Thankfully, I have been able to keep in close contact with my new Dominican family, and when I travel to this beautiful island, I don’t think of myself as going away anymore, but rather as going home.
As I pulled into a parking space outside of Tussey Hall, I wondered if I had made a mistake. I wasn’t sure if this was the school I really wanted to be at. I was nervous about finding friends, keeping up with my schoolwork, being so far from my friends from home, and being unable to fit in. However, Juniata College quickly proved me wrong.
I began my adventure participating in Inbound, a program that allows first-year students to arrive early to campus and do different activities that they are interested in. Wanting to enter the school year as relaxed as possible, I joined the Mind Body and Spirit course. I spent four days doing meditation, rock-climbing, yoga, and arts & crafts. Several people I met during Inbound are some of my best friends on campus now. The Inbound Program was incredibly helpful and enjoyable, and allowed me to settle into campus before all of the upperclassmen arrived.
When classes began at the end of the week, I’ll admit I was overwhelmed. The professors entrusted us with this immense amount of freedom that was almost foreign to me. This was the first time I was taking the classes I wanted to take, not courses required by my school. It took a week or two for me to completely pick up the routine of Juniata and how everything and everyone functions. Surprisingly, I have been here for a month now, but it feels like I have been here for years. I have met so many welcoming and supportive people so far and I have an amazing group of friends.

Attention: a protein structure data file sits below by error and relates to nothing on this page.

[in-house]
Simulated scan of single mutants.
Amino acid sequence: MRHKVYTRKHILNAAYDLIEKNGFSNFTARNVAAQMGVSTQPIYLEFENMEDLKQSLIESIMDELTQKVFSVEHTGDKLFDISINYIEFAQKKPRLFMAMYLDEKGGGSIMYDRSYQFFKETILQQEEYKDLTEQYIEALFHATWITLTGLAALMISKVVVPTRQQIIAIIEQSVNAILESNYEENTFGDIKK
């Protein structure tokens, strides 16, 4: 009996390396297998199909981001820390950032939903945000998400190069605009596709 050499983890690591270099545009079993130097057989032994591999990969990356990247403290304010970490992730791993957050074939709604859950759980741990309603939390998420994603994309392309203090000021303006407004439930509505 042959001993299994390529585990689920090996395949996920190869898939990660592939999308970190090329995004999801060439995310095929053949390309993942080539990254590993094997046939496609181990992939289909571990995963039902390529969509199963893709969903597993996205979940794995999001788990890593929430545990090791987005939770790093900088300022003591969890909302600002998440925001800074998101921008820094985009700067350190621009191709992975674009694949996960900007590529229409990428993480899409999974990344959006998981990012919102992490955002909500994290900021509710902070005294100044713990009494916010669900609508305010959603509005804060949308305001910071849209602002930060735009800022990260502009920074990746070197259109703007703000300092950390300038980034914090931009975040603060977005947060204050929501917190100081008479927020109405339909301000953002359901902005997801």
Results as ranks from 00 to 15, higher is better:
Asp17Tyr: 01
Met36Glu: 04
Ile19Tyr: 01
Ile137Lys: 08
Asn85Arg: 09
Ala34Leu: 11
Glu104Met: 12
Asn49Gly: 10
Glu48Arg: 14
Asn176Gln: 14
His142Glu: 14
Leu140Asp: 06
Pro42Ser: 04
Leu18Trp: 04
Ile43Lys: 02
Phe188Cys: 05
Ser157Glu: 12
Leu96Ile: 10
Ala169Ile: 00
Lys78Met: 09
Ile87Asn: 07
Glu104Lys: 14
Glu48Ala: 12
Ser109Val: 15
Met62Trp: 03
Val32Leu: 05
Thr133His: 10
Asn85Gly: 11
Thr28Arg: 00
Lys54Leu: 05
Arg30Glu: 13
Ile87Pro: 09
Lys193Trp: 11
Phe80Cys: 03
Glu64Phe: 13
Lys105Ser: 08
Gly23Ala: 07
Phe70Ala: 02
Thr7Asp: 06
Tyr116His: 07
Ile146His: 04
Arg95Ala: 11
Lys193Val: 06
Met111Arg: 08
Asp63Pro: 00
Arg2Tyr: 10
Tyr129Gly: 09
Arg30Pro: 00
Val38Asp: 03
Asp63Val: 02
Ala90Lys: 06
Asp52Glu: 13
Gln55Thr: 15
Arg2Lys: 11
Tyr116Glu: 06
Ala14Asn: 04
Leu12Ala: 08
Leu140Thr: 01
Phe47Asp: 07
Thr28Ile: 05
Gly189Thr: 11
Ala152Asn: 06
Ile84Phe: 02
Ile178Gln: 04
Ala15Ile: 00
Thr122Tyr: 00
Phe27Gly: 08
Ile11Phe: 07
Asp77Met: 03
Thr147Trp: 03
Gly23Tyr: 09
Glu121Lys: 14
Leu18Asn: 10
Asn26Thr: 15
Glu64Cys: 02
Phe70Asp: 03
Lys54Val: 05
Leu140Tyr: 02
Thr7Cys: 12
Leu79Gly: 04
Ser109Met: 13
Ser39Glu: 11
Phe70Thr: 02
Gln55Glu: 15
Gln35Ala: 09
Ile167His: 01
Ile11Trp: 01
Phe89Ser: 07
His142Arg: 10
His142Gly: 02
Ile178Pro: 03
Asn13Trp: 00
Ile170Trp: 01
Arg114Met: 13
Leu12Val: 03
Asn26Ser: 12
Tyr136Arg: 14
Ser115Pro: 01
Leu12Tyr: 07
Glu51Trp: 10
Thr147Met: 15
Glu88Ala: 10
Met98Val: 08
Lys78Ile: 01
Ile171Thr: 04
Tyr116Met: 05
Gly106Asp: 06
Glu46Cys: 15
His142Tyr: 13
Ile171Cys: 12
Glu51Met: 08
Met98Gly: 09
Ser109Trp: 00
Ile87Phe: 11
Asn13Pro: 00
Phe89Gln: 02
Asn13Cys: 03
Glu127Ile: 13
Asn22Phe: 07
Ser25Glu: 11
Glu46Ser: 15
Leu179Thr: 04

Although entering college can be intimidating, the best advice I can give is to arrive with an open mind. If you stay in your room watching Netflix and talking to friends from home instead of going out, socializing and exploring different events and groups on campus, you won’t get the full package that Juniata has to offer. This school has already showed me I made the right choice, even in a matter of weeks.
Well hello there, everyone, it’s been a while!
On August 23rd, 2013, I boarded a plane headed for Brussels International Airport. It was one of the most exciting and terrifying moments of my life, knowing that the next 10 months would be spent in a French city that was entirely foreign to me. Nine hours later, we touched down on Belgian soil and began a very stressful 3-hour journey to our final destination, Lille, France.
Starting with that first train ride from the airport to Lille, there were many moments during my past year abroad when things did not go as planned. Over the course of those 10 months, a plethora of missed stops, misunderstood sentences, frustrating encounters, and worn-out shoes rattled hard on the boundaries that had previously contained my comfort zone.